Dr. Sherry Israel is a social psychologist, who was a member of the faculty of the Hornstein Program at Brandeis University from 1991 until her retirement two years ago.  She has been on the faculty of the Wexner Graduate Fellows/Davidson Scholars Program Winter Institute since 2000.  She can be reached at israel@brandeis.edu.

A number of years ago, one of our daughters and a friend were hanging around in our living room, and I joined them.  Somehow, the conversation turned to the topic of marriages, and what makes them last or fall apart.  Dick and I had been married longer than Melissa’s parents (she was a first and only child). She turned to me and said, “I don’t know how people stay married to the same person for such a long time.”

Turning to respond to her, I had one of those “Very Wise Moments” that all parents wish we had more of.  Without thinking about it very much, I replied, “What makes you think we are the same people we were when we got married?”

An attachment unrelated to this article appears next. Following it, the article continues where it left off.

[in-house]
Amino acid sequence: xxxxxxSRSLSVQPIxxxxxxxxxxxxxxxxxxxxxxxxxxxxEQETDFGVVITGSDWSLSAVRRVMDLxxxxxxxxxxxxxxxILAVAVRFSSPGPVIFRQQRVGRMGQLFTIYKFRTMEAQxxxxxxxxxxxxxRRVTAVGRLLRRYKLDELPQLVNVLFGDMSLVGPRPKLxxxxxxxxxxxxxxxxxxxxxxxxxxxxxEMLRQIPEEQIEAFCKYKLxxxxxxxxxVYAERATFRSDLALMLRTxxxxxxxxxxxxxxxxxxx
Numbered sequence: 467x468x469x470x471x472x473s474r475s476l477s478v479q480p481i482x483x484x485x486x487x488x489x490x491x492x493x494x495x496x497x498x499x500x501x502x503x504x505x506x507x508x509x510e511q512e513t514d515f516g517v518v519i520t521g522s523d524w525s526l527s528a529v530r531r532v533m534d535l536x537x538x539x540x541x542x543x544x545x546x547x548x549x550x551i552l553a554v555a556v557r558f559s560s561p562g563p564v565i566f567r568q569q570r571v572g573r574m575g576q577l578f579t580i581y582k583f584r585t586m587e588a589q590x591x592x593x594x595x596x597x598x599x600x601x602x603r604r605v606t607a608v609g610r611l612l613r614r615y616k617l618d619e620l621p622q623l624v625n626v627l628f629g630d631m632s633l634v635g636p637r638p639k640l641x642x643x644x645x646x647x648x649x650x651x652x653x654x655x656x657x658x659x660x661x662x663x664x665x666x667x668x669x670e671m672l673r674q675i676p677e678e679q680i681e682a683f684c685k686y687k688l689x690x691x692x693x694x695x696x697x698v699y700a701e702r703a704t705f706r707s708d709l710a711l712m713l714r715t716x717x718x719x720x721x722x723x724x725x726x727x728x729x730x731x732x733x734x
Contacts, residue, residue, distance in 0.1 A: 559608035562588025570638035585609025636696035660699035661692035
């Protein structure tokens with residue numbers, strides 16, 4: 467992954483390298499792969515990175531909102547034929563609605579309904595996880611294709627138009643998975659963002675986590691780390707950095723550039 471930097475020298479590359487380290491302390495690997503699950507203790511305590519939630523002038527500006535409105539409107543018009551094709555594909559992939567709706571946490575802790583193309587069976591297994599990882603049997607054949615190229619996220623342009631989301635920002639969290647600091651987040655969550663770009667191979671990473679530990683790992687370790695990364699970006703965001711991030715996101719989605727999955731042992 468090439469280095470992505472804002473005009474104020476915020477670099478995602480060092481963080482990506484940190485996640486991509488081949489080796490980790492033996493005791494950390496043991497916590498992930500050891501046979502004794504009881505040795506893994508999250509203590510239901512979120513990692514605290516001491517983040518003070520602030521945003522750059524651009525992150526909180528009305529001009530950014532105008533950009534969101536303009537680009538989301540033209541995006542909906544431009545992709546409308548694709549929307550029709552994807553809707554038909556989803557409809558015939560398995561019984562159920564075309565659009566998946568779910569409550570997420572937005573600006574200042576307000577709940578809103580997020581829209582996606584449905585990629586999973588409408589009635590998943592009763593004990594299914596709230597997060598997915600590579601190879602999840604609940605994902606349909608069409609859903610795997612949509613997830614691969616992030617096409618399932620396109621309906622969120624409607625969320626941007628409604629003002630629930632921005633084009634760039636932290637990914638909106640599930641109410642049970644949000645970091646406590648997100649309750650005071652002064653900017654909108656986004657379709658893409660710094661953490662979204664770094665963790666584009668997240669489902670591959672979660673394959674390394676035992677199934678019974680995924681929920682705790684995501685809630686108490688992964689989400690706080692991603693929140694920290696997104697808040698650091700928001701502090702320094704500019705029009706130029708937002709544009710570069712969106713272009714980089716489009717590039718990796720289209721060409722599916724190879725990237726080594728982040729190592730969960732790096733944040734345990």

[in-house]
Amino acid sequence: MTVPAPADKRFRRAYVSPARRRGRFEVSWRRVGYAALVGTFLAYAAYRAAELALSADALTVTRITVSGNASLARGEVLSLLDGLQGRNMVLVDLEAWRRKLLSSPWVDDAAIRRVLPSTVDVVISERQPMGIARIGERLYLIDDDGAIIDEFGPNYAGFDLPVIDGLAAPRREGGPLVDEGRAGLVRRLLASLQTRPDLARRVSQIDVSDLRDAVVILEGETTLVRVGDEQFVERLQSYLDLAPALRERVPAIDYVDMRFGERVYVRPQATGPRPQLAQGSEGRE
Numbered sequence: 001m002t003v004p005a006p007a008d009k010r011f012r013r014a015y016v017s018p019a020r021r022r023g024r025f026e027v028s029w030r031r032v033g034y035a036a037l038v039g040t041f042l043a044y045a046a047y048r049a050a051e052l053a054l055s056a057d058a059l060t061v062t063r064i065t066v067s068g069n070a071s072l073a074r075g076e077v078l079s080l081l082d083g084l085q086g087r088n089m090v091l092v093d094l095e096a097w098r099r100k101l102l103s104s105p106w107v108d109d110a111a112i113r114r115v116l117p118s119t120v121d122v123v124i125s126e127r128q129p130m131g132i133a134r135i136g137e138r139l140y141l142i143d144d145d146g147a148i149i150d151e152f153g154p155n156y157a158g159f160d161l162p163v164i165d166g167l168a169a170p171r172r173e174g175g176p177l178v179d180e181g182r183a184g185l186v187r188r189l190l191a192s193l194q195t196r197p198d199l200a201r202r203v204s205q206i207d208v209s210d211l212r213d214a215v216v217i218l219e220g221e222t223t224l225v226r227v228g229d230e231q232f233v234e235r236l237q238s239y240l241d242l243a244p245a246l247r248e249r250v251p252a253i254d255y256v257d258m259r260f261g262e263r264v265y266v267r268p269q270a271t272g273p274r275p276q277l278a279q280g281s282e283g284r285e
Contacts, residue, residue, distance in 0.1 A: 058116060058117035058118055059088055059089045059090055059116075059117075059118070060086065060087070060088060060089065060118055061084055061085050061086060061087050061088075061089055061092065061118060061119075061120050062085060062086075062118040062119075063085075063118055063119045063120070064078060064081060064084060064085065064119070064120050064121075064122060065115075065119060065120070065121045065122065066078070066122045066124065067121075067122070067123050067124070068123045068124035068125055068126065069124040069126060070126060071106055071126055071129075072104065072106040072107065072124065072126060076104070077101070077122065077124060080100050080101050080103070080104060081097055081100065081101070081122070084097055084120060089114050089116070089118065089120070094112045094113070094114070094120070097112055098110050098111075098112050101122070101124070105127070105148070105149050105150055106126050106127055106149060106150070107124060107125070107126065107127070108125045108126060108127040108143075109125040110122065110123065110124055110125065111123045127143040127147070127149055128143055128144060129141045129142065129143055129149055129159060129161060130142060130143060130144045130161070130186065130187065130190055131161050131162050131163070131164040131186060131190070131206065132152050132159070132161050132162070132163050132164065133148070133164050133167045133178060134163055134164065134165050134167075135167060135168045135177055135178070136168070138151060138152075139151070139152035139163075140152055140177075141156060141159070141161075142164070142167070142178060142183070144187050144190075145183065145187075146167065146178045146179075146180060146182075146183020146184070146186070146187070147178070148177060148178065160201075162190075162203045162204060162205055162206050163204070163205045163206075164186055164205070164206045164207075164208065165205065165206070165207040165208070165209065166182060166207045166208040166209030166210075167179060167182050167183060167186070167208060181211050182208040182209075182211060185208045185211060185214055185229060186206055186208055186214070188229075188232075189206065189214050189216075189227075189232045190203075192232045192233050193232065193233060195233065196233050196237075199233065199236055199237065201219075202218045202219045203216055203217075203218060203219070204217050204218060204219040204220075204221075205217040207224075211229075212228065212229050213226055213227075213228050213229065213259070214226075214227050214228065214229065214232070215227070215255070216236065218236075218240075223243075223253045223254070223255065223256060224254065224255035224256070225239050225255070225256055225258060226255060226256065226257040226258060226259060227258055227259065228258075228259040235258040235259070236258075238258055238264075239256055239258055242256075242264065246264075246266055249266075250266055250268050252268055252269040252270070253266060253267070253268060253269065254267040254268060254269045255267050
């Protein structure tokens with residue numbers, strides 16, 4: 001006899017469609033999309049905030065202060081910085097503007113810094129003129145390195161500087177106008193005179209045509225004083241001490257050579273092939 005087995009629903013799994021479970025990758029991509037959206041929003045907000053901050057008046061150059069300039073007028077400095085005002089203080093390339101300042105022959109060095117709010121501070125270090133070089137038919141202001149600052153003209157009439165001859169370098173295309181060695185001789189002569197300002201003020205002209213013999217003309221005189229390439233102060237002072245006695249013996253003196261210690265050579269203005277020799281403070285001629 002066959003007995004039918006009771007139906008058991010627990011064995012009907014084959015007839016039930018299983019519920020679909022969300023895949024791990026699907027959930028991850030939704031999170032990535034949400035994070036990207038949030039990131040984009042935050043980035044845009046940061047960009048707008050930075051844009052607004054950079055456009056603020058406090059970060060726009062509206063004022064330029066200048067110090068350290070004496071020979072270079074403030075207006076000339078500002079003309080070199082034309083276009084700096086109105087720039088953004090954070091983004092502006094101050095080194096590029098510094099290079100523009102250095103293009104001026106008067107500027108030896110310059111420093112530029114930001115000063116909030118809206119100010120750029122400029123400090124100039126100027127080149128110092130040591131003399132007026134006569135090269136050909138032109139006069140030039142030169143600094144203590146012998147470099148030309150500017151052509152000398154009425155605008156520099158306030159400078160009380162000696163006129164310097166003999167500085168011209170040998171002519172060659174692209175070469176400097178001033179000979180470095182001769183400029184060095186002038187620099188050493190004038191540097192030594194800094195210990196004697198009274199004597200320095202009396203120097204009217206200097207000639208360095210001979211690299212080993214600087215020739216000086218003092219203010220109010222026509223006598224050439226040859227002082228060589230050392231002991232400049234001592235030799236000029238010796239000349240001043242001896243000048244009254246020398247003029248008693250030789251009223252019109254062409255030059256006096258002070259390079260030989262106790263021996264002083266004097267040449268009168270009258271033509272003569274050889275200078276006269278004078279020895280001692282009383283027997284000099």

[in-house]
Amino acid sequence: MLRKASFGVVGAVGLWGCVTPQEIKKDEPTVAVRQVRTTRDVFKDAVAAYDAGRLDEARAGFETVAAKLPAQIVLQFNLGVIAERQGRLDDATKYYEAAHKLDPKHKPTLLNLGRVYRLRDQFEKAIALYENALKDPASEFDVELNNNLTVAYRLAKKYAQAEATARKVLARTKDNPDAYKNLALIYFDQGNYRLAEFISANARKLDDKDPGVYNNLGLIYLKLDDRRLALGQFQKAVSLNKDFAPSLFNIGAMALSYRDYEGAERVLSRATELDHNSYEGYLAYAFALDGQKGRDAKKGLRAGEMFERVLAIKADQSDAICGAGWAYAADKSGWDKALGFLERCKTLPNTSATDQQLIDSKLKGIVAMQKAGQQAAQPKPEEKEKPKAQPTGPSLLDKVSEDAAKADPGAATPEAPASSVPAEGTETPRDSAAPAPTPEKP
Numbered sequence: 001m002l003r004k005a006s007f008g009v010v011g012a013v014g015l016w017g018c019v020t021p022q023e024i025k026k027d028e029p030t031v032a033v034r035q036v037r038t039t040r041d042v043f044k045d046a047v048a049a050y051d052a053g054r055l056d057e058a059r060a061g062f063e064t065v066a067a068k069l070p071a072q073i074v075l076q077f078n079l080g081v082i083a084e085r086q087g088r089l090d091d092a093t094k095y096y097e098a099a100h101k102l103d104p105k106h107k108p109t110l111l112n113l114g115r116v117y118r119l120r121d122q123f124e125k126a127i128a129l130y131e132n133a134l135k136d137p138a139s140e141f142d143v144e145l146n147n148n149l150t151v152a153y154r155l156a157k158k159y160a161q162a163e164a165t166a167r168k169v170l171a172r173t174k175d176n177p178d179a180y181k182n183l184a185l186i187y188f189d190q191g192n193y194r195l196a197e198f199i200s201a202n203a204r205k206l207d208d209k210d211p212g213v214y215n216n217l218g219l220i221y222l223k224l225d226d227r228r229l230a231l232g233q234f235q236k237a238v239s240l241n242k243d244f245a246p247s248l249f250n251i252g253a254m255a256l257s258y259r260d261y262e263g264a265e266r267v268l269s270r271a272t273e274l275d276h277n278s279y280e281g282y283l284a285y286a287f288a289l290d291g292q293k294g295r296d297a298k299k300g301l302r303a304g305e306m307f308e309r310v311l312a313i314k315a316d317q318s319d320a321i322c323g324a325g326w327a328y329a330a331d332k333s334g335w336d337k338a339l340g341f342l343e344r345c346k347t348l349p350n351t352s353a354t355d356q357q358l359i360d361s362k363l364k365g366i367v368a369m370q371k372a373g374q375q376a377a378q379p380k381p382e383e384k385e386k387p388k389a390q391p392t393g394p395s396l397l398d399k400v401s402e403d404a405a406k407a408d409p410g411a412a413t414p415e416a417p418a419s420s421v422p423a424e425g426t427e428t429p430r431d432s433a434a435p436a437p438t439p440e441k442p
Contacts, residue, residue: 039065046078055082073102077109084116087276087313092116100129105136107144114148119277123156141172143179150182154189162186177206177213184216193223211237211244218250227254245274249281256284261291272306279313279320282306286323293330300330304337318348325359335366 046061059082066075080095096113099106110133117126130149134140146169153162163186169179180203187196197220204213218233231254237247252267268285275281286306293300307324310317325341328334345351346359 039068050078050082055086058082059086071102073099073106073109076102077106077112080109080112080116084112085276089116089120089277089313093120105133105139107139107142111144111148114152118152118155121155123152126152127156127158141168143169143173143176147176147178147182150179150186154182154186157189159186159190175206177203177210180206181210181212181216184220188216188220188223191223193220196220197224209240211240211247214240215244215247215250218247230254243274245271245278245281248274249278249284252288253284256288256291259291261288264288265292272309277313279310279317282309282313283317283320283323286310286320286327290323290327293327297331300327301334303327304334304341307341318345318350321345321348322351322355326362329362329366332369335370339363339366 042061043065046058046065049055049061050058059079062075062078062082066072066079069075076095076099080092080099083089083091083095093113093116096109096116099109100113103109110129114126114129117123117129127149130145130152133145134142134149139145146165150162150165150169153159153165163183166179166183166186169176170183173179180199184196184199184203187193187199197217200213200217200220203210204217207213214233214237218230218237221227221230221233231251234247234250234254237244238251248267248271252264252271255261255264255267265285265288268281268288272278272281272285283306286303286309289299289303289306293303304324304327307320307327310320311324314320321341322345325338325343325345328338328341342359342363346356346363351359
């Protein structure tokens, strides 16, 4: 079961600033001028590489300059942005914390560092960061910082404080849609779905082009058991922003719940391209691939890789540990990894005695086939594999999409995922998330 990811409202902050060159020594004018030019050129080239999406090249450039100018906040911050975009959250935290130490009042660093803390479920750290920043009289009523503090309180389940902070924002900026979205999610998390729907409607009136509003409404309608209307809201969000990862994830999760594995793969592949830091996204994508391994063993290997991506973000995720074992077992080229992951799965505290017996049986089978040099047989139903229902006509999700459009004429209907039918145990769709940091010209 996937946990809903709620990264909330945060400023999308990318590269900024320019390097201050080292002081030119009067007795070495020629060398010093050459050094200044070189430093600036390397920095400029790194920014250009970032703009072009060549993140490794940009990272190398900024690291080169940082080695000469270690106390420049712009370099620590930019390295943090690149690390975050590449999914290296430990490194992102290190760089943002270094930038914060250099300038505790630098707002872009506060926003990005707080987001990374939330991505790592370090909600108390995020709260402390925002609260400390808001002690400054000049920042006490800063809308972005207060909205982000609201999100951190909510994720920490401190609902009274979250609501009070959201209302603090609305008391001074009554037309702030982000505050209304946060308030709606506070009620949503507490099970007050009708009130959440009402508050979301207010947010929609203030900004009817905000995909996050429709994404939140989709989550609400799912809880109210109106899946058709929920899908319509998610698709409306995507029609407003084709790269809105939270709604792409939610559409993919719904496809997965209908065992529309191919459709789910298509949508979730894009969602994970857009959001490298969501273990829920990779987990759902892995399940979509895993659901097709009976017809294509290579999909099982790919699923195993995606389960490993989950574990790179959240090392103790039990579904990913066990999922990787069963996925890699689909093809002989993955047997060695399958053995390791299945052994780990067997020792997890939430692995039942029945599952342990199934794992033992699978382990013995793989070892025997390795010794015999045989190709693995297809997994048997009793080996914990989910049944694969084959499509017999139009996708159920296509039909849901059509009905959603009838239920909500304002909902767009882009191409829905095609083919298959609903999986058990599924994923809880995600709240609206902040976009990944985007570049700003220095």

People change.  In a marriage that works, the partners don’t just tolerate these changes, they actively welcome them, adapt to them, see them as positive challenges and opportunities for enrichment. This isn’t always easy; our resistances may be deeply rooted, our habits stubborn.

What holds for marriages, so also for organizations. It is a truism that the world in which our Jewish organizations are situated is changing, sometimes very rapidly.  The Jewish community, our Jews, are also changing – our demographic patterns, use of technology, religious and spiritual yearnings, relationships to organizations, comfort with non-Jews, place in the wider world.

Jewish organizations that drag their feet, resisting or denying change, will not thrive.  Those that welcome it, embrace it, are invigorated by it, will last.  As in marriage, this isn’t simple, but it’s essential.